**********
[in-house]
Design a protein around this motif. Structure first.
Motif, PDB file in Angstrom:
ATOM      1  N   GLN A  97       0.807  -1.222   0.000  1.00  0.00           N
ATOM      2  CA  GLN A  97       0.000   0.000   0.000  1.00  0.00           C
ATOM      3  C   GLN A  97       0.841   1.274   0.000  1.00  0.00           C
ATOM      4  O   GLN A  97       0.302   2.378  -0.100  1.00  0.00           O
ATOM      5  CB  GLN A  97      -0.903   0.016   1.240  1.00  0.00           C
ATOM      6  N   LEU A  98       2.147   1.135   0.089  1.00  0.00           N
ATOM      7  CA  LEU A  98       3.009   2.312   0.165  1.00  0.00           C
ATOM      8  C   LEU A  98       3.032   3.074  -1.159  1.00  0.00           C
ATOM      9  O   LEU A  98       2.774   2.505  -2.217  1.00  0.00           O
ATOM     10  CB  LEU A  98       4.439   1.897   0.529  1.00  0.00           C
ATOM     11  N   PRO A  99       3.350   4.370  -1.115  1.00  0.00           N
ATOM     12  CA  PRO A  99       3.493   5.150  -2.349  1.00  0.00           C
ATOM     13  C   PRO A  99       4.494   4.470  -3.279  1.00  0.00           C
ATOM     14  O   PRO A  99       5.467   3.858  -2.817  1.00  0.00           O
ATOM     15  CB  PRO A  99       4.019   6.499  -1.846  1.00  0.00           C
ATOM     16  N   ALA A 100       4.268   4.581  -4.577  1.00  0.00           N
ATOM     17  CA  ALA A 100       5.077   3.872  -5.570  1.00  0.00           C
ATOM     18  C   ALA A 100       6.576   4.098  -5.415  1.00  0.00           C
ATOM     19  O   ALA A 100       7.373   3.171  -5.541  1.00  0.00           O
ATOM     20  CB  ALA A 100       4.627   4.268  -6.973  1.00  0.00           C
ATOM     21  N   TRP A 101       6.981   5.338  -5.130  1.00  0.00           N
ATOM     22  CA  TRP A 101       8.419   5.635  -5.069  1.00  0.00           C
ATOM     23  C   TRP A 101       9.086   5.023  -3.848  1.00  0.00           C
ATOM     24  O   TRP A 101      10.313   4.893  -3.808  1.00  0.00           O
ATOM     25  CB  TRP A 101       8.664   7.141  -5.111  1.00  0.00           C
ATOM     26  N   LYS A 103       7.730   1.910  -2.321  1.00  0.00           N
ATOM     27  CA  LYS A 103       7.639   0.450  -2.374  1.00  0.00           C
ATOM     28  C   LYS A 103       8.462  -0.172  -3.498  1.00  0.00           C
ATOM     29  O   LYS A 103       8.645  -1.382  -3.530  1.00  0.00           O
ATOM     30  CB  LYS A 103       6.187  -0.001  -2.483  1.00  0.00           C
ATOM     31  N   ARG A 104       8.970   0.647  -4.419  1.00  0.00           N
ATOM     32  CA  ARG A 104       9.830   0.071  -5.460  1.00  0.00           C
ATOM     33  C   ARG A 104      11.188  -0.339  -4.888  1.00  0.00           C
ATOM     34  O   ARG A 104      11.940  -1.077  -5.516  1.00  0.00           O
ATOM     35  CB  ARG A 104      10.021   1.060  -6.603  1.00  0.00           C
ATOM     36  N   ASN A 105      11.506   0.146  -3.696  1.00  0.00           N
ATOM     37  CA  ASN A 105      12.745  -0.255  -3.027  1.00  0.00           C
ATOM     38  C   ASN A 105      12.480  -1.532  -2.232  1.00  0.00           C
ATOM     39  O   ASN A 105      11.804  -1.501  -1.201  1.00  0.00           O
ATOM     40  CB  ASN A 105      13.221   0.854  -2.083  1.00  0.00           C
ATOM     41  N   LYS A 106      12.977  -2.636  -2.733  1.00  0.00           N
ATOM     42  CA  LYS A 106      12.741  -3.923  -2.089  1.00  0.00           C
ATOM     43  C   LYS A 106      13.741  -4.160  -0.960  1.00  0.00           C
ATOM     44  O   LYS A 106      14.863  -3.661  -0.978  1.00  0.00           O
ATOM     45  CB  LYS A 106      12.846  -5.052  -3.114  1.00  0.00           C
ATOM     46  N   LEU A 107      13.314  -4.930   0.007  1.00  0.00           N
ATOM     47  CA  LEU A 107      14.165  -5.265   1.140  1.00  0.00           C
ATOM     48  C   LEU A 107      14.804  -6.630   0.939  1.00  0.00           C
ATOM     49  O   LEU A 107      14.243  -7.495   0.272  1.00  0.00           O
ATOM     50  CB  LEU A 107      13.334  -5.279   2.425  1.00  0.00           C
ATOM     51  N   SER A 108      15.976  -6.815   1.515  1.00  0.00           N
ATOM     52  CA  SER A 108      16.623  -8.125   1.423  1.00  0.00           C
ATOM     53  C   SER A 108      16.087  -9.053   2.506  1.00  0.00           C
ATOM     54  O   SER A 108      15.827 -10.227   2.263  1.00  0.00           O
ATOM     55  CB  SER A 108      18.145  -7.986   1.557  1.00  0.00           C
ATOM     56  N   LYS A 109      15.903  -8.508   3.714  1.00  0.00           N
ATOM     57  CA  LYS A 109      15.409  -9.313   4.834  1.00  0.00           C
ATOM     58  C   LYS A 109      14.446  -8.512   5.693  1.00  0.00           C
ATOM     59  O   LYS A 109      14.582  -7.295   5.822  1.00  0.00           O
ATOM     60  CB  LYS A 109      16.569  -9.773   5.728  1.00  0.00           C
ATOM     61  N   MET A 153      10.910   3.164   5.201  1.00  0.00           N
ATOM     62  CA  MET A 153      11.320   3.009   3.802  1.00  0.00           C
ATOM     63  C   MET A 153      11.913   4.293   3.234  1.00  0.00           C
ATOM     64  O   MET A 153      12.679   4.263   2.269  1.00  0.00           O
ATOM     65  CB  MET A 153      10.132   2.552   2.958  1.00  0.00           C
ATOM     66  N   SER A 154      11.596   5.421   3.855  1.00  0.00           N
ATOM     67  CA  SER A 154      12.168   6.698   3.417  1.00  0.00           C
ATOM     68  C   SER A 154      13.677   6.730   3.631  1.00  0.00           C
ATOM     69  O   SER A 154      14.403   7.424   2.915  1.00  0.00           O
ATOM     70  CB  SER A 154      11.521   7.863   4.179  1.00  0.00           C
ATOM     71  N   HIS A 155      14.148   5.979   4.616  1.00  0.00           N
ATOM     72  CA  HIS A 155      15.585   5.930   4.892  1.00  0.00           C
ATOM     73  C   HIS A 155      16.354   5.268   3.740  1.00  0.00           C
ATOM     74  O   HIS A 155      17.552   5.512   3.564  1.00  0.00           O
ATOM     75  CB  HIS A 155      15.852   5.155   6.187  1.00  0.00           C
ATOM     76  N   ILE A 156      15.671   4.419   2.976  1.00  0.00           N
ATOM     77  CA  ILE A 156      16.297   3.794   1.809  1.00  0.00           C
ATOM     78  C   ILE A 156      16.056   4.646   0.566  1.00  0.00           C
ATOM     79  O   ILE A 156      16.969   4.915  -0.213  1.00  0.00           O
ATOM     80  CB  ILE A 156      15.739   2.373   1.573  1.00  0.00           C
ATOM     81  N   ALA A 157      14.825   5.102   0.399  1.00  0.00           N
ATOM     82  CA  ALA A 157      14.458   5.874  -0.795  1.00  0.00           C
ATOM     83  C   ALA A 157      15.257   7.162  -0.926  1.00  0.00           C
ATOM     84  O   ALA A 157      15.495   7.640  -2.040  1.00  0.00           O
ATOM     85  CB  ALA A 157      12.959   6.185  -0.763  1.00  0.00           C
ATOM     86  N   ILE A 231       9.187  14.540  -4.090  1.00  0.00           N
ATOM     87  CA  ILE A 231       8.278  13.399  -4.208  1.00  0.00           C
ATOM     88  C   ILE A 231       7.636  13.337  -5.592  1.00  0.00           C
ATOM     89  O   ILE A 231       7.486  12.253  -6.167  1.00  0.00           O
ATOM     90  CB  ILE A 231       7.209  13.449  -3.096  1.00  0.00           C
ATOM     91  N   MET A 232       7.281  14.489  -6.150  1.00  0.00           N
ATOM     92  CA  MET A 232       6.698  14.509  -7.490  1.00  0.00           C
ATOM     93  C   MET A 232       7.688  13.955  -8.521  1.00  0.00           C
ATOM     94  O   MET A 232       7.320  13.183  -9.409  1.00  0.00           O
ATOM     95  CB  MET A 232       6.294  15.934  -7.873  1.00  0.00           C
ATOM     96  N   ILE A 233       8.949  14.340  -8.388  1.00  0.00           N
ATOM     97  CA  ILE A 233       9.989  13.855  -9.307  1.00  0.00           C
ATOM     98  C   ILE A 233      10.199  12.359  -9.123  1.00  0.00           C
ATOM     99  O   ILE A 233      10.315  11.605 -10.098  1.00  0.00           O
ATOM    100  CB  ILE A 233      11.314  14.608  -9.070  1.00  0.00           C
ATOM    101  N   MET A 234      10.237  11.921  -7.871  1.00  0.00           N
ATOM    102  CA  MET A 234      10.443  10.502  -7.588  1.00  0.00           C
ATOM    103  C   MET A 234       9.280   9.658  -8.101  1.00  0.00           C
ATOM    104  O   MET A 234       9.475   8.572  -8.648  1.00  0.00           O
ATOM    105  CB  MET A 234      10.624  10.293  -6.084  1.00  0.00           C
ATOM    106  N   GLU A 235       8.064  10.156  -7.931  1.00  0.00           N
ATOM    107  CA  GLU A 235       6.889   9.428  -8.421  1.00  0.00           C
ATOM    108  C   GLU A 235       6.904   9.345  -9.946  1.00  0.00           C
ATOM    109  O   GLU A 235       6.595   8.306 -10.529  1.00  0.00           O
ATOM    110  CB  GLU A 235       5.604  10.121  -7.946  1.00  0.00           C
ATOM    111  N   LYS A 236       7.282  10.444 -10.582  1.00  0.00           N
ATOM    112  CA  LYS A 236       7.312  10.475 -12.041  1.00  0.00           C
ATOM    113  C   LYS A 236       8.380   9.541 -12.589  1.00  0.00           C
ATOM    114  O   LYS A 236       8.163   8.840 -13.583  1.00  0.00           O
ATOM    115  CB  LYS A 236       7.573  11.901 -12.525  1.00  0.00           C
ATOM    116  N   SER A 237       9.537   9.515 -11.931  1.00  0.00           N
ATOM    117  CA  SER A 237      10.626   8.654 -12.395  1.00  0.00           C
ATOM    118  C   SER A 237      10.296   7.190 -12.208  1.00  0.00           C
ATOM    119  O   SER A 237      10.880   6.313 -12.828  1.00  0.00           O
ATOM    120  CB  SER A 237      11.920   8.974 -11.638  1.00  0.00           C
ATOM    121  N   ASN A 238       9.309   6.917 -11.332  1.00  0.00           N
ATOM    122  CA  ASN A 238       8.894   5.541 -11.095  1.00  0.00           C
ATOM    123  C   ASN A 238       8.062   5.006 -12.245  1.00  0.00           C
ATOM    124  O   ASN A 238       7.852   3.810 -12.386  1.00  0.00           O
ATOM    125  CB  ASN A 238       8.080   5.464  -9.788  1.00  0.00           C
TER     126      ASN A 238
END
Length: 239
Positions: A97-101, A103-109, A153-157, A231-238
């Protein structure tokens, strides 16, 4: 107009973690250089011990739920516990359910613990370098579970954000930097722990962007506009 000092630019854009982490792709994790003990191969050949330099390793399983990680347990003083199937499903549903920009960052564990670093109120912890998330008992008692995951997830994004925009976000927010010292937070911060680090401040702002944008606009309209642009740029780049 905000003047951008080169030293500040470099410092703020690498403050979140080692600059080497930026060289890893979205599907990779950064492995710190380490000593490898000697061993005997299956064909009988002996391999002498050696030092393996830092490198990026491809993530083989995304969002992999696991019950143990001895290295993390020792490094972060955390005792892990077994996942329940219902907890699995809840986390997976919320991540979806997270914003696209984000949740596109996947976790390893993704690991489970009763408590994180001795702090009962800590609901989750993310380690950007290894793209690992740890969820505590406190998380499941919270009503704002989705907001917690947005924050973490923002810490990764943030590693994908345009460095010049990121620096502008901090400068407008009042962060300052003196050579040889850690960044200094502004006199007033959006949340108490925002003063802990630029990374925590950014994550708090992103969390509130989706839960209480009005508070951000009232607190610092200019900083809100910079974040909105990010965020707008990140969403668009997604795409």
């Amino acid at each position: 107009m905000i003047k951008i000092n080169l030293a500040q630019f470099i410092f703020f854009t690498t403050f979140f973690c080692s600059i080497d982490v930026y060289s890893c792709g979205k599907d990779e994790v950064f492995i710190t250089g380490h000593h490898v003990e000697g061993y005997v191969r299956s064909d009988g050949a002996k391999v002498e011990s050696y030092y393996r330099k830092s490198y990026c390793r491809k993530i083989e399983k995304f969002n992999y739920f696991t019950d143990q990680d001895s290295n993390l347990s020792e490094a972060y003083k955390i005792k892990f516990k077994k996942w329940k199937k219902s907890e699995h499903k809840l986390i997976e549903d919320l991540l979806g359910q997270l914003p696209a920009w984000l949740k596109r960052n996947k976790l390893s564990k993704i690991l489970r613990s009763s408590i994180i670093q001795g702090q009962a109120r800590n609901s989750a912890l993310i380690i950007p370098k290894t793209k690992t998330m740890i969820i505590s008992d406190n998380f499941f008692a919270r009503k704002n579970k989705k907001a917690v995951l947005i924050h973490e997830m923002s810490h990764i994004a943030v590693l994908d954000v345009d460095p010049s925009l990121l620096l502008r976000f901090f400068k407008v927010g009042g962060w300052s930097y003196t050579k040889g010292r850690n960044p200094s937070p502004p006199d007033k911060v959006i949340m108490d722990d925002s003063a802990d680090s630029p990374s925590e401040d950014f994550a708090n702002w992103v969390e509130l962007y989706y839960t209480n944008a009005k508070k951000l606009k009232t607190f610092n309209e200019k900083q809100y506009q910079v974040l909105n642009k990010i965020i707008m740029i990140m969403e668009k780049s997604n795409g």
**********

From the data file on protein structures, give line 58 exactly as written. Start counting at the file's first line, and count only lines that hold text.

ATOM     55  CB  SER A 108      18.145  -7.986   1.557  1.00  0.00           C